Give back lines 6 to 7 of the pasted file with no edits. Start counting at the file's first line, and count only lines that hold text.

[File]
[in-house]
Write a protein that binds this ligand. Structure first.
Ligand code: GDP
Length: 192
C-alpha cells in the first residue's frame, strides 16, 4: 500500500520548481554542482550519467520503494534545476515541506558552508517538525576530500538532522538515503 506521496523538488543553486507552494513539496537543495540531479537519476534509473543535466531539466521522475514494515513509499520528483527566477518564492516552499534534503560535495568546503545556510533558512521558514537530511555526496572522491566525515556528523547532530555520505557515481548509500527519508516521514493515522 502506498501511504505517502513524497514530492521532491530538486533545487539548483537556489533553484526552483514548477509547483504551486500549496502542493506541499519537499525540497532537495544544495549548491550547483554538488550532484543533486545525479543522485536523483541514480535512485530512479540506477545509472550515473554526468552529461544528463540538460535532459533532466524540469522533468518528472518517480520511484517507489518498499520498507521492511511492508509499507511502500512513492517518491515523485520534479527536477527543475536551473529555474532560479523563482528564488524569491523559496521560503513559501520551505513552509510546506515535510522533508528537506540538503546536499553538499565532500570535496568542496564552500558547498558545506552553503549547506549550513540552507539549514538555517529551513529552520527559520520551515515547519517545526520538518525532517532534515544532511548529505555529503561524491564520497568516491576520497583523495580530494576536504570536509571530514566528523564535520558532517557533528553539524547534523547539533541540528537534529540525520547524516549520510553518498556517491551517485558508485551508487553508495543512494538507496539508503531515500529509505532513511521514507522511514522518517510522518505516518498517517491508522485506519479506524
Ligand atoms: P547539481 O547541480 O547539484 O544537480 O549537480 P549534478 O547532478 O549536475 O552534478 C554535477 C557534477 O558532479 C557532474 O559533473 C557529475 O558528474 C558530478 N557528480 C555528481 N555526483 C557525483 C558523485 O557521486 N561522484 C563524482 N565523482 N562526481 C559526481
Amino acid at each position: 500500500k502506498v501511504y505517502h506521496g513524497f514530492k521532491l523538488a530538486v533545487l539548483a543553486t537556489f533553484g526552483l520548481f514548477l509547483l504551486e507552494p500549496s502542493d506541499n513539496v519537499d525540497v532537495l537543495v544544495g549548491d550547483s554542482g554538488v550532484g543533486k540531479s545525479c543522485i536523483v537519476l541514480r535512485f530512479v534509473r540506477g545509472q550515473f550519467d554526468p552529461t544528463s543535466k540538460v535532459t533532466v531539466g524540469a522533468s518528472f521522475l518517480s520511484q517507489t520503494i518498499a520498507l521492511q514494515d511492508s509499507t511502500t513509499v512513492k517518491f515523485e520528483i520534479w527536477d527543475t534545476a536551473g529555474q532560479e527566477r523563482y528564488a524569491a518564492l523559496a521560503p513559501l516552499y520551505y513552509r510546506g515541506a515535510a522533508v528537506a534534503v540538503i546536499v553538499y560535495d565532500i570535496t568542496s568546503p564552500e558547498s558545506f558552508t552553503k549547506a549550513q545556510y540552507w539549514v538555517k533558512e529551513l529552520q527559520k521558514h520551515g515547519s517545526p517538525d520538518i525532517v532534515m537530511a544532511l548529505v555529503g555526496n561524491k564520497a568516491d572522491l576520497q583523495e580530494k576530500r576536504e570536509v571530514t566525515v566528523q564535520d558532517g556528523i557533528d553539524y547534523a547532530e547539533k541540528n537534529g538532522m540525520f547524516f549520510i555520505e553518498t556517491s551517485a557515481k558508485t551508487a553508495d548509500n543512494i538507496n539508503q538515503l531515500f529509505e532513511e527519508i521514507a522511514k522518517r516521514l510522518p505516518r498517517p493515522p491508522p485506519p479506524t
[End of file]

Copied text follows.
Ligand atoms: P547539481 O547541480 O547539484 O544537480 O549537480 P549534478 O547532478 O549536475 O552534478 C554535477 C557534477 O558532479 C557532474 O559533473 C557529475 O558528474 C558530478 N557528480 C555528481 N555526483 C557525483 C558523485 O557521486 N561522484 C563524482 N565523482 N562526481 C559526481
Amino acid at each position: 500500500k502506498v501511504y505517502h506521496g513524497f514530492k521532491l523538488a530538486v533545487l539548483a543553486t537556489f533553484g526552483l520548481f514548477l509547483l504551486e507552494p500549496s502542493d506541499n513539496v519537499d525540497v532537495l537543495v544544495g549548491d550547483s554542482g554538488v550532484g543533486k540531479s545525479c543522485i536523483v537519476l541514480r535512485f530512479v534509473r540506477g545509472q550515473f550519467d554526468p552529461t544528463s543535466k540538460v535532459t533532466v531539466g524540469a522533468s518528472f521522475l518517480s520511484q517507489t520503494i518498499a520498507l521492511q514494515d511492508s509499507t511502500t513509499v512513492k517518491f515523485e520528483i520534479w527536477d527543475t534545476a536551473g529555474q532560479e527566477r523563482y528564488a524569491a518564492l523559496a521560503p513559501l516552499y520551505y513552509r510546506g515541506a515535510a522533508v528537506a534534503v540538503i546536499v553538499y560535495d565532500i570535496t568542496s568546503p564552500e558547498s558545506f558552508t552553503k549547506a549550513q545556510y540552507w539549514v538555517k533558512e529551513l529552520q527559520k521558514h520551515g515547519s517545526p517538525d520538518i525532517v532534515m537530511a544532511l548529505v555529503g555526496n561524491k564520497a568516491d572522491l576520497q583523495e580530494k576530500r576536504e570536509v571530514t566525515v566528523q564535520d558532517g556528523i557533528d553539524y547534523a547532530e547539533k541540528n537534529g538532522m540525520f547524516f549520510i555520505e553518498t556517491s551517485a557515481k558508485t551508487a553508495d548509500n543512494i538507496n539508503q538515503l531515500f529509505e532513511e527519508i521514507a522511514k522518517r516521514l510522518p505516518r498517517p493515522p491508522p485506519p479506524t